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Eva Celia Latjuba
Whenever I see an Indonesian film, I've always tried to spot for mistakes made by the filmmakers, but this one has definitely set a new standard.
Dian Sastrowardoyo (who plays Daya) casts against type in the film. Most people recognize her as a glamorous, charming young teenager, but in whispering sands, she plays a childish girl who always has her face covered in dirt. Christine Hakim plays Daya's mother who always keep track of her, because she doesn't want Daya to turn out to be missing like her Father. (Daya narrated in the beginning of the film, showing that her mother will always know wherever she is in the count of three).
Later on in the story, they're forced to move to the east because their place is burned down by the rebels. Daya's Father returns (which always cause a happy transition when a family is reunited) but ruins Daya's image of her father by selling her body to a villager (Didi Petet) for a pack of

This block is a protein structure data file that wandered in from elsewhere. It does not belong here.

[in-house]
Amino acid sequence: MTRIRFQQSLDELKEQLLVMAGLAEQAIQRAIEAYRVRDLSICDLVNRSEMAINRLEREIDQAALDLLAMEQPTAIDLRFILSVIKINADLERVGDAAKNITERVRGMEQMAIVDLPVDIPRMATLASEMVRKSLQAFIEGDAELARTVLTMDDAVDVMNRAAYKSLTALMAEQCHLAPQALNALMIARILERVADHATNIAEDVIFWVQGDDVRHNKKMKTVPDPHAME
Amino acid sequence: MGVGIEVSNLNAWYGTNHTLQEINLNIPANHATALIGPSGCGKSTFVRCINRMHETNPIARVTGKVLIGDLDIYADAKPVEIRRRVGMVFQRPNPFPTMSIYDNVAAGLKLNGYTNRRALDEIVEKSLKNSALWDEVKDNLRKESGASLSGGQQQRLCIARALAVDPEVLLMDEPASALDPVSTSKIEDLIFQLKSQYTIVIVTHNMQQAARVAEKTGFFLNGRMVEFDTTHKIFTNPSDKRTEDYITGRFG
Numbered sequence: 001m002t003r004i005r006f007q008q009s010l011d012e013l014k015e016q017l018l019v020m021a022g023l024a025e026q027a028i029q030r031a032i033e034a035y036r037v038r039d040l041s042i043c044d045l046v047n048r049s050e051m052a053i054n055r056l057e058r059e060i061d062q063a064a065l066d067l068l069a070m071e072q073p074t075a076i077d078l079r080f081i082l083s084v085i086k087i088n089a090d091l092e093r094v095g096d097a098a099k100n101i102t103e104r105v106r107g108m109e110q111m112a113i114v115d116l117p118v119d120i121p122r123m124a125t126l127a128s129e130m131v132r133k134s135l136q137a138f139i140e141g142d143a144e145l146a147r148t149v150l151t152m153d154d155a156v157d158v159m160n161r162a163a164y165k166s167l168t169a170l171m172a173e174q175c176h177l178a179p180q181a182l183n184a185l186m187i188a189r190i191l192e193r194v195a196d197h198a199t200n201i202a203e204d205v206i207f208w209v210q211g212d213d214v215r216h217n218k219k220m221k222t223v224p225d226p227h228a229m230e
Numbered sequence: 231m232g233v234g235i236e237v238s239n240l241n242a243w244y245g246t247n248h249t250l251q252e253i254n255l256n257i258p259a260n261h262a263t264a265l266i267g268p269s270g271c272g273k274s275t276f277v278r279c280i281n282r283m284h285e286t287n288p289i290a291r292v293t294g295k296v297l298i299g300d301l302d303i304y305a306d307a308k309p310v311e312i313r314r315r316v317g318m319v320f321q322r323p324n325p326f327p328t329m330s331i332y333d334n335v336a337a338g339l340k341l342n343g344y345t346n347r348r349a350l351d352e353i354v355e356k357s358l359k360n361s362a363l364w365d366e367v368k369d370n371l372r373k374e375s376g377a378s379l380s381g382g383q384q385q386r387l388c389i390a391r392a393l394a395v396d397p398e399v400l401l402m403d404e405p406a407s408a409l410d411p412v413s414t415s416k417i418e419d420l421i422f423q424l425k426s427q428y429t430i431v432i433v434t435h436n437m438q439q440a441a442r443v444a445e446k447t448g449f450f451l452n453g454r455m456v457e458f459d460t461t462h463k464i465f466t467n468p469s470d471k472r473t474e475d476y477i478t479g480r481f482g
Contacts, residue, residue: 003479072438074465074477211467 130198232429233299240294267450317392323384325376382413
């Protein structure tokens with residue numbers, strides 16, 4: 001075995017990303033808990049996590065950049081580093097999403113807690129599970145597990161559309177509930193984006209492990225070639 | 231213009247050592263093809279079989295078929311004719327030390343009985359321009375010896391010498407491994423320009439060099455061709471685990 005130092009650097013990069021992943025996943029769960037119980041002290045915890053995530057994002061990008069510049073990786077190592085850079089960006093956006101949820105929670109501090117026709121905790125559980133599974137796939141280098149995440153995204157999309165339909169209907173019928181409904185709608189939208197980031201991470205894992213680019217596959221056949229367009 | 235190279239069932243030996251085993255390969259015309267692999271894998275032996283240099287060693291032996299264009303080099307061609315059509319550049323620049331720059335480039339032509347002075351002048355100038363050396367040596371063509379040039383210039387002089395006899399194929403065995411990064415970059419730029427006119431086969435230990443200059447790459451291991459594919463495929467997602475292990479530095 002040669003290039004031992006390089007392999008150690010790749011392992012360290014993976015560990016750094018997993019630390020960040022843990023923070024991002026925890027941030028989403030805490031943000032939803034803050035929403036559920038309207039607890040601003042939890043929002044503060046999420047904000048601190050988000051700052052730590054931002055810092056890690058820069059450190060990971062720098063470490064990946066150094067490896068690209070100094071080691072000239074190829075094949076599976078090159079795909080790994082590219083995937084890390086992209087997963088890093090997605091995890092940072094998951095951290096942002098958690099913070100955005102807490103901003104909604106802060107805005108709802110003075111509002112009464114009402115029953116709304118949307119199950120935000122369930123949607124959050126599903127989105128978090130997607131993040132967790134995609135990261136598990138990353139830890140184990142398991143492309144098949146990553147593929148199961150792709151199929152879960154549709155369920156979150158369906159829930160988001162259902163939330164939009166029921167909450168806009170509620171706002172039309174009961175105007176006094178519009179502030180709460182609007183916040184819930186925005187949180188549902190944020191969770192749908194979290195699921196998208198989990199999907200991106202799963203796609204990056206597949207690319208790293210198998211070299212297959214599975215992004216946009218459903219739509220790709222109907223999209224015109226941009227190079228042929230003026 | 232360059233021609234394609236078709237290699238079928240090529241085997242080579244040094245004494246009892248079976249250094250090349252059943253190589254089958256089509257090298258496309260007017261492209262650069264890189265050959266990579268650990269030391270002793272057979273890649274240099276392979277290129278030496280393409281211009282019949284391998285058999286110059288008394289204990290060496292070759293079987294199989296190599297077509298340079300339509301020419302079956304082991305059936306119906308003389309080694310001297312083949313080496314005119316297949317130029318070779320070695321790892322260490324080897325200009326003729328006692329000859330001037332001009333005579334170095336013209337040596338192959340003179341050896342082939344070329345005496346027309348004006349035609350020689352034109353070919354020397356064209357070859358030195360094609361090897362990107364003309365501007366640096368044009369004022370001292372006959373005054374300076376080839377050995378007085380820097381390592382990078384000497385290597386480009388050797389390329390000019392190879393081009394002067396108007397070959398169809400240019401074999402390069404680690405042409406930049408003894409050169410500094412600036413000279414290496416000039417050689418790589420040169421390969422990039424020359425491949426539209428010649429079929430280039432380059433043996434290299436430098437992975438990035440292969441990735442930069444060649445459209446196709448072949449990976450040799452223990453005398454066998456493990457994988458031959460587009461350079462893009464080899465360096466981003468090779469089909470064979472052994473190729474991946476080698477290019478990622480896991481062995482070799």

cigarette. (Notice the scene where Daya's father keeps looking at her daughter from a mirror, symbolizing his denial of compassion for her daughter -- compare that to her mother's sense of awareness with Daya's three seconds formula.
Nan Achnas, the director and co-writer doesn't really point out whether the movie talks about feminism or mother-daughter relationship or both, but it tells us to just sit back and witness the metaphor he created between the irony of life in the eye of an innocent girl and her presence in the world as a woman. At first, she really admires her aunt's work as a dancer who pleases men, but later on she feels the horror when her body is used as an accessory for men's pleasure.
Whispering sands is one of those film that grabs your attention and force you to wonder of its meaning while and after you get out of your seat after you've seen it. The image plays like poetry; the environment (especially the sands) and tribal musics are combined to create meanings and to enhance the mood on each scene. It is beautifully crafted unlike other Indonesian films influenced by American style of filmmaking.
Many Indonesian whom already seen it doesn't quite fancy this masterpiece. But this is what film is all about, because the first rule of filmmaking is to show it, not to say it (I mean c'mon, if Picasso's paintings were to have explanation on the bottom of the canvas, what would be the art of that?)
Ray Carney, a film critic once said that Great art makes things hard on us. It makes trouble for us, because it denies us our easy, familiar categories. That's what I want to point out to Indonesian filmgoers who care for films to grow in our country.
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